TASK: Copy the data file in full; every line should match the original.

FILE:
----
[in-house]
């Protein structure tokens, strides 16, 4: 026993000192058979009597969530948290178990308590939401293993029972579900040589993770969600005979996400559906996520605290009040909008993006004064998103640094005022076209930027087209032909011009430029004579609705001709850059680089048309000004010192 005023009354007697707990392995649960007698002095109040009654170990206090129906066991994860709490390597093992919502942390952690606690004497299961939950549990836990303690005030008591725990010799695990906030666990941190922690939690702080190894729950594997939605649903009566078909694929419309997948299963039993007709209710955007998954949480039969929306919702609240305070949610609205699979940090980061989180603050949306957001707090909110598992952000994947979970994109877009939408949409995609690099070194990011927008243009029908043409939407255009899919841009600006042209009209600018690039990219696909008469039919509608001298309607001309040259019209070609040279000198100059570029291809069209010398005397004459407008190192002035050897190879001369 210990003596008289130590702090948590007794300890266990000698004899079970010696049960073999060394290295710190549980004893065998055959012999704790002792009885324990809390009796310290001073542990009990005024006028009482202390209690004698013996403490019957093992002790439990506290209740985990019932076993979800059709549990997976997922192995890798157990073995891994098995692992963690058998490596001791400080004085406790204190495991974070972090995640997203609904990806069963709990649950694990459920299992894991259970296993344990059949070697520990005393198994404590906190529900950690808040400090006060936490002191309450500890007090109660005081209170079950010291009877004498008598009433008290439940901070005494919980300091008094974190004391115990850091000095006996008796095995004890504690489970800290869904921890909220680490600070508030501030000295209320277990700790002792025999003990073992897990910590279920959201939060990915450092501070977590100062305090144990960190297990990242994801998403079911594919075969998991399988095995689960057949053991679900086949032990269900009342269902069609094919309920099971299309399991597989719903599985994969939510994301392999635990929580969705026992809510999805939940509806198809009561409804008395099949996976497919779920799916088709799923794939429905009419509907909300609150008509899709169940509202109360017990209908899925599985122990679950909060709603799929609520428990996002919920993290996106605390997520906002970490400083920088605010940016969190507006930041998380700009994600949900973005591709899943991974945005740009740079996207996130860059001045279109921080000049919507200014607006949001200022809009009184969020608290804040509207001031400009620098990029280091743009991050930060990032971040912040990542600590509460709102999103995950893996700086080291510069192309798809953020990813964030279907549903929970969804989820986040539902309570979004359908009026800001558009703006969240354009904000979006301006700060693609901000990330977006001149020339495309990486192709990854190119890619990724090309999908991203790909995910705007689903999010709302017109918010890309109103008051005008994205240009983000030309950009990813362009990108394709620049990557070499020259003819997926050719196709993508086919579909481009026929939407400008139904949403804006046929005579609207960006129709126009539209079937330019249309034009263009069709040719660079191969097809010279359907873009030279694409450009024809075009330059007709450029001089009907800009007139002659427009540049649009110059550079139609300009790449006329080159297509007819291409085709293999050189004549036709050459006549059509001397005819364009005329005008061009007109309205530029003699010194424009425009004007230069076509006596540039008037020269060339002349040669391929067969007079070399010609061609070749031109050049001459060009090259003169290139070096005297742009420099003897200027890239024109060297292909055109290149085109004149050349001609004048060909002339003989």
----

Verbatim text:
[in-house]
């Protein structure tokens, strides 16, 4: 026993000192058979009597969530948290178990308590939401293993029972579900040589993770969600005979996400559906996520605290009040909008993006004064998103640094005022076209930027087209032909011009430029004579609705001709850059680089048309000004010192 005023009354007697707990392995649960007698002095109040009654170990206090129906066991994860709490390597093992919502942390952690606690004497299961939950549990836990303690005030008591725990010799695990906030666990941190922690939690702080190894729950594997939605649903009566078909694929419309997948299963039993007709209710955007998954949480039969929306919702609240305070949610609205699979940090980061989180603050949306957001707090909110598992952000994947979970994109877009939408949409995609690099070194990011927008243009029908043409939407255009899919841009600006042209009209600018690039990219696909008469039919509608001298309607001309040259019209070609040279000198100059570029291809069209010398005397004459407008190192002035050897190879001369 210990003596008289130590702090948590007794300890266990000698004899079970010696049960073999060394290295710190549980004893065998055959012999704790002792009885324990809390009796310290001073542990009990005024006028009482202390209690004698013996403490019957093992002790439990506290209740985990019932076993979800059709549990997976997922192995890798157990073995891994098995692992963690058998490596001791400080004085406790204190495991974070972090995640997203609904990806069963709990649950694990459920299992894991259970296993344990059949070697520990005393198994404590906190529900950690808040400090006060936490002191309450500890007090109660005081209170079950010291009877004498008598009433008290439940901070005494919980300091008094974190004391115990850091000095006996008796095995004890504690489970800290869904921890909220680490600070508030501030000295209320277990700790002792025999003990073992897990910590279920959201939060990915450092501070977590100062305090144990960190297990990242994801998403079911594919075969998991399988095995689960057949053991679900086949032990269900009342269902069609094919309920099971299309399991597989719903599985994969939510994301392999635990929580969705026992809510999805939940509806198809009561409804008395099949996976497919779920799916088709799923794939429905009419509907909300609150008509899709169940509202109360017990209908899925599985122990679950909060709603799929609520428990996002919920993290996106605390997520906002970490400083920088605010940016969190507006930041998380700009994600949900973005591709899943991974945005740009740079996207996130860059001045279109921080000049919507200014607006949001200022809009009184969020608290804040509207001031400009620098990029280091743009991050930060990032971040912040990542600590509460709102999103995950893996700086080291510069192309798809953020990813964030279907549903929970969804989820986040539902309570979004359908009026800001558009703006969240354009904000979006301006700060693609901000990330977006001149020339495309990486192709990854190119890619990724090309999908991203790909995910705007689903999010709302017109918010890309109103008051005008994205240009983000030309950009990813362009990108394709620049990557070499020259003819997926050719196709993508086919579909481009026929939407400008139904949403804006046929005579609207960006129709126009539209079937330019249309034009263009069709040719660079191969097809010279359907873009030279694409450009024809075009330059007709450029001089009907800009007139002659427009540049649009110059550079139609300009790449006329080159297509007819291409085709293999050189004549036709050459006549059509001397005819364009005329005008061009007109309205530029003699010194424009425009004007230069076509006596540039008037020269060339002349040669391929067969007079070399010609061609070749031109050049001459060009090259003169290139070096005297742009420099003897200027890239024109060297292909055109290149085109004149050349001609004048060909002339003989």